EDITORIAL: Sowore: Renewed human rights abuses under Buhari’s regime unacceptable

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Will it be safe to say that Nigeria is under siege from the very government that canvassed for the vote of Nigerians, promised to be guided by the constitution of the federal republic, promote the interest of Nigerians and Nigeria both within and outside the country, and ensure that individual human rights remain sacred and undefiled? It is unfortunate that the government of I Muhammadu Buhari has not only desecrated section 17 of the constitution, it has indeed shredded it out of the hinges of the sacred book of law of this country.

How else would Nigerians comprehend the desperate action of the State Security Services (SSS), parading as Department of States Services (DSS), which on 6th December 2019, besieged the Federal High Court premises in Maitama, where its operatives, in a Commando-styled operation re-arrested Omoyele Sowore, who less than 24 hours was grudgingly released from detention by the secret police.

Nigeria has never had it so worse since the return of the democratic dispensation. All over the country voices of vocal minorities expressing their opinion on the various actions of the government are suppressed by the government that swore to uphold the tenets of the constitution. Should this unfortunate and shameful act of the government persist; Nigeria is bereaved and should not only be consoled by the international community, but rescued like a helpless wife from the hands of a violent and molesting husband.

Prior to the 6th December fiasco, opinions have been divided on the repressive nature of the government of President Muhammadu Buhari who since his first assumption of office in 2015 has arrested the former National Security Adviser, Sambo Dasuki over massive corruption and misappropriation of public funds. The Federal Government through the DSS refused to grant the retired Colonel and a prince of the Sokoto Caliphate bail in spite various court’s ruling favouring his bail application.

The case of the leader of the now outlawed Islamic Movement in Nigeria, Ibrahim Zakzaky, also placed opinions on various divides, yet the government refused to release the religious leader in spite of his deteriorating health condition.

One would have thought the circumstances surrounding these two individuals’ continued detention could be logically justified as the president had said at the 58th annual conference of the Nigerian Bar Association (NBA) in 2018 that “the Rule of Law must be subject to the supremacy of the nation’s security and national interest.” However, how do Nigerians and international community explain the detention of journalists who go about their professional duties?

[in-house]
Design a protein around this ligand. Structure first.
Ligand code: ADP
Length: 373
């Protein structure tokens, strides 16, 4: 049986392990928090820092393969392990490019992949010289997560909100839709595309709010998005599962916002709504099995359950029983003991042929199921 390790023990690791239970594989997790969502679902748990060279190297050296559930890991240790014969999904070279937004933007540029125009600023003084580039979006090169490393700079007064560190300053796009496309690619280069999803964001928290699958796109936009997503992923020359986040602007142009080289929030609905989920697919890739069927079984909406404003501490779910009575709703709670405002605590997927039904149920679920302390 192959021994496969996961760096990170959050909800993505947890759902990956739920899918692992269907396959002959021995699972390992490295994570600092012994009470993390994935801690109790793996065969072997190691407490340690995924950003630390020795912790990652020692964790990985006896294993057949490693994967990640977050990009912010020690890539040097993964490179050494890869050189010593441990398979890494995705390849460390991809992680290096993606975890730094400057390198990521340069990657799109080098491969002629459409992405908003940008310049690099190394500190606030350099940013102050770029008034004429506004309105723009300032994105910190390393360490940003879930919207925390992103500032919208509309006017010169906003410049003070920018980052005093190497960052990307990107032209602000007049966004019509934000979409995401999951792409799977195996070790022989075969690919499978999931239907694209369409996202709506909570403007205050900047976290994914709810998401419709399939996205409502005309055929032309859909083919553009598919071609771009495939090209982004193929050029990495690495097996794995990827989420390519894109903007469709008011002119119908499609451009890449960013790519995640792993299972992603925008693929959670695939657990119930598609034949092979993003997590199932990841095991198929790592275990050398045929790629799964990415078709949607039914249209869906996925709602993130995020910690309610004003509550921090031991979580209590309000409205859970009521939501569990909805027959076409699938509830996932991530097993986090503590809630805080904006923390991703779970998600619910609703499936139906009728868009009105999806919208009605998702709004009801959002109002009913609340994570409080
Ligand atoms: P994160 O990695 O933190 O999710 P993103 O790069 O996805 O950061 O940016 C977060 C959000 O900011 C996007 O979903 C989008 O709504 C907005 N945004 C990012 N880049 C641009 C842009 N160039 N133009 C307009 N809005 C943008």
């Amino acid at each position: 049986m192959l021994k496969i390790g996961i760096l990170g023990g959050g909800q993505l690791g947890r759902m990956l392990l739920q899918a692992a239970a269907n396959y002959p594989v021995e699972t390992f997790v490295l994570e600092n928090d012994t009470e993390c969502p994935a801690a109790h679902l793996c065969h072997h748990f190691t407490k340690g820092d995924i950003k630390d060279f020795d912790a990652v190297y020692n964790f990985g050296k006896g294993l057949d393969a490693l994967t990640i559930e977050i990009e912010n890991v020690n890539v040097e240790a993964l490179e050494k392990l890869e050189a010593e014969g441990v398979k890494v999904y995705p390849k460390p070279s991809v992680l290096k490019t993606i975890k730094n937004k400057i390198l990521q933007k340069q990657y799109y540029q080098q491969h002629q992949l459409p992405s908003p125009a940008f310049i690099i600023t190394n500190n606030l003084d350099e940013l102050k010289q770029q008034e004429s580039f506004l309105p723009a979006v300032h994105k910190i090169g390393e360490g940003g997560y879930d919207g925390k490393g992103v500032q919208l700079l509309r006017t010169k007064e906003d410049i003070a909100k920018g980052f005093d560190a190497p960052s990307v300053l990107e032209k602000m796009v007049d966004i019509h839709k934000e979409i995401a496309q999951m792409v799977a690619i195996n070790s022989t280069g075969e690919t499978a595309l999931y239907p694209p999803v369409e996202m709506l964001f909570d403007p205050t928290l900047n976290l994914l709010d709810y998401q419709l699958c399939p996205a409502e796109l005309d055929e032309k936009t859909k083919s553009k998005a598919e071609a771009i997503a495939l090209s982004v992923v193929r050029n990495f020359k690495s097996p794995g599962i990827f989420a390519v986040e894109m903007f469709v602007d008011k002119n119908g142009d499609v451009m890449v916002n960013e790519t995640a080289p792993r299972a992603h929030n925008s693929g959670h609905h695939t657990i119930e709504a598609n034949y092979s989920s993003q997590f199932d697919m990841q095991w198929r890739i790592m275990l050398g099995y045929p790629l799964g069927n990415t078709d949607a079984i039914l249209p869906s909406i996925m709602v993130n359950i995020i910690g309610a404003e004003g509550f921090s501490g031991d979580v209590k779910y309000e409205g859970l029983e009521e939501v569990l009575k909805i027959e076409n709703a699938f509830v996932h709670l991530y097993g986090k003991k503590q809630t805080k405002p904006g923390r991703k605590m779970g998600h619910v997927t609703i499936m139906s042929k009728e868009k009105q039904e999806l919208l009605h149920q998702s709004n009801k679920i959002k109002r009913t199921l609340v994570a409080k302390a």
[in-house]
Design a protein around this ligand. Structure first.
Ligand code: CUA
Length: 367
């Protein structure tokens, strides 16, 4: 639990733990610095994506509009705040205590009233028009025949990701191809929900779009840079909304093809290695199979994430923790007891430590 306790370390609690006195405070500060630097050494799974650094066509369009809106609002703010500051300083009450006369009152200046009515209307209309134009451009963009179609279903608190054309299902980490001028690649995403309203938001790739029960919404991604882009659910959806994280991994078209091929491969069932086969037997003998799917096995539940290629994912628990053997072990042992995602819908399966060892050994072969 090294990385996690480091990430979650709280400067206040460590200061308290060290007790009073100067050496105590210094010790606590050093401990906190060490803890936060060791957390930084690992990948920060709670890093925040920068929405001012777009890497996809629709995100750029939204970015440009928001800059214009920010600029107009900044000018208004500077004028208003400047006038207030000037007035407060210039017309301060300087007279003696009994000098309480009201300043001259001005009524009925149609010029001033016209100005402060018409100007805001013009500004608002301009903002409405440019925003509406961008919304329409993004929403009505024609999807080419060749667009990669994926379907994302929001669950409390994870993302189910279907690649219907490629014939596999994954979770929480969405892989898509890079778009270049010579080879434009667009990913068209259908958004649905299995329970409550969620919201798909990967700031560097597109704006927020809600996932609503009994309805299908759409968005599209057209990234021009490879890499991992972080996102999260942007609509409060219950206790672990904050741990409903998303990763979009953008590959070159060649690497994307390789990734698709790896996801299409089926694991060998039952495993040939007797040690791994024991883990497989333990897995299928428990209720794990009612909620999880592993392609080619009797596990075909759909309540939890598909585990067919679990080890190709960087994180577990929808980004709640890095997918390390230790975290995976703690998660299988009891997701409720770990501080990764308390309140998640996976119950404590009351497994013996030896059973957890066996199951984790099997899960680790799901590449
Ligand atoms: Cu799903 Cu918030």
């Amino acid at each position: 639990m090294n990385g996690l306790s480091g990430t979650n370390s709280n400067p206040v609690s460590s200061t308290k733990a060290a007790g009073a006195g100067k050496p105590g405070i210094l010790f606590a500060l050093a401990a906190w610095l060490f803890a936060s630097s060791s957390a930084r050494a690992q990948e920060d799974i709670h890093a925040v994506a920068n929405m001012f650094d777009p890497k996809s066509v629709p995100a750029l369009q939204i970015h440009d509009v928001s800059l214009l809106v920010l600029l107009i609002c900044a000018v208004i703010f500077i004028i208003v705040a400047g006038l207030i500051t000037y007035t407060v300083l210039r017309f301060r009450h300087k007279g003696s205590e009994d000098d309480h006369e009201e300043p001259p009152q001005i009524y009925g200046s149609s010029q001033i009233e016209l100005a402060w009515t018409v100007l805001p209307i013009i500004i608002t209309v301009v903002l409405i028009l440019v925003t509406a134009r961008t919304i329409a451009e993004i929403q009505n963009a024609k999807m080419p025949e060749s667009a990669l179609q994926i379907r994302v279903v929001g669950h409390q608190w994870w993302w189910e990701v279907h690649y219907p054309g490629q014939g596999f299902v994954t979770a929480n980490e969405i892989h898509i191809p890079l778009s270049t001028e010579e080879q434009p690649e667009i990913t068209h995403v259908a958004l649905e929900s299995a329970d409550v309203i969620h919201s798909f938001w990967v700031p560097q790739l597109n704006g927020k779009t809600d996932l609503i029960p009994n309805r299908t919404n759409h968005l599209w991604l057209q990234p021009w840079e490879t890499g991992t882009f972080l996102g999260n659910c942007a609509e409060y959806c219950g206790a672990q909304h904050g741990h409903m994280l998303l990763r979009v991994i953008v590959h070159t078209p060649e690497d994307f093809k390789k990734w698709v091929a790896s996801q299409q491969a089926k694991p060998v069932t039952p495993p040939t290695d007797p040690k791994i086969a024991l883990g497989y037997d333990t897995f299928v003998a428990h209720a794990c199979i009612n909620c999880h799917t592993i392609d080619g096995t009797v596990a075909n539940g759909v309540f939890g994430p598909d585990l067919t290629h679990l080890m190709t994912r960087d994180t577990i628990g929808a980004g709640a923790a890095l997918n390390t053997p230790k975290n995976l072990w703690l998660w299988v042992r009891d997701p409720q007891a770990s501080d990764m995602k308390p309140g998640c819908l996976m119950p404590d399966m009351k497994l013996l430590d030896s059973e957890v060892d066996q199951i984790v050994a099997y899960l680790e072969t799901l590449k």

The case of Jones Abiri who was locked away in prisons for years without trial, only to be released by a court in Abuja and yet again rearrested in dramatic manner by the DSS in Bayelsa state is nothing but a nightmare to his colleagues and a threat to journalism. Also in Cross Rivers state, Agba Jalingo has been in detention for dispensing his professional duties. Many opposition voices both in the conventional and social media have been rounded up and locked away in various locations across the country. Till this very moment Abubakar Idris, a social media influencer remains a missing person as his whereabouts is yet to be ascertained since August 2019.

It has not only become clear to Nigerians that “a repentant Democrat” is nothing but a ruse, a sugar coated word spoken to take advantage of a people with unified resolve to invest their vote in a brighter future. The recent action of the Buhari- led regime has not only shows that he swindled Nigerians but that he is iron-fisted and ruthless in leading the country, an action not bargained for by Nigerians.

We would only hope that the government would rescind its step and retrace it back to the part of constitutional preference and respect for the judiciary. Like they say, the rare horse follows the steps of the leading horse, since the government at the central has little regard for the rights of Nigerians, states government may begin to tread carelessly on the rights of their people. Was it not in Akwa Ibom where a young female journalist, Mary Ekere, was arrested for carrying out her duties? In the same Akwa Ibom, a local government chairman had his thugs beat up a contractor whose only offence was to request for payment of work done.

The government at all level should beware that a unified resolve of a frustrated people is a raging flood that clears everything along its part and leaves only wanton destruction in its wake. Should the government push the patience of Nigerians to the wall they would be left with no choice but for people to embark on violent revolution that the government claimed Sowore agitates for? How many Nigerians would the government clamp on by then? It is not too late for this Buhari’s administration/regime to correct the mistakes already committed.

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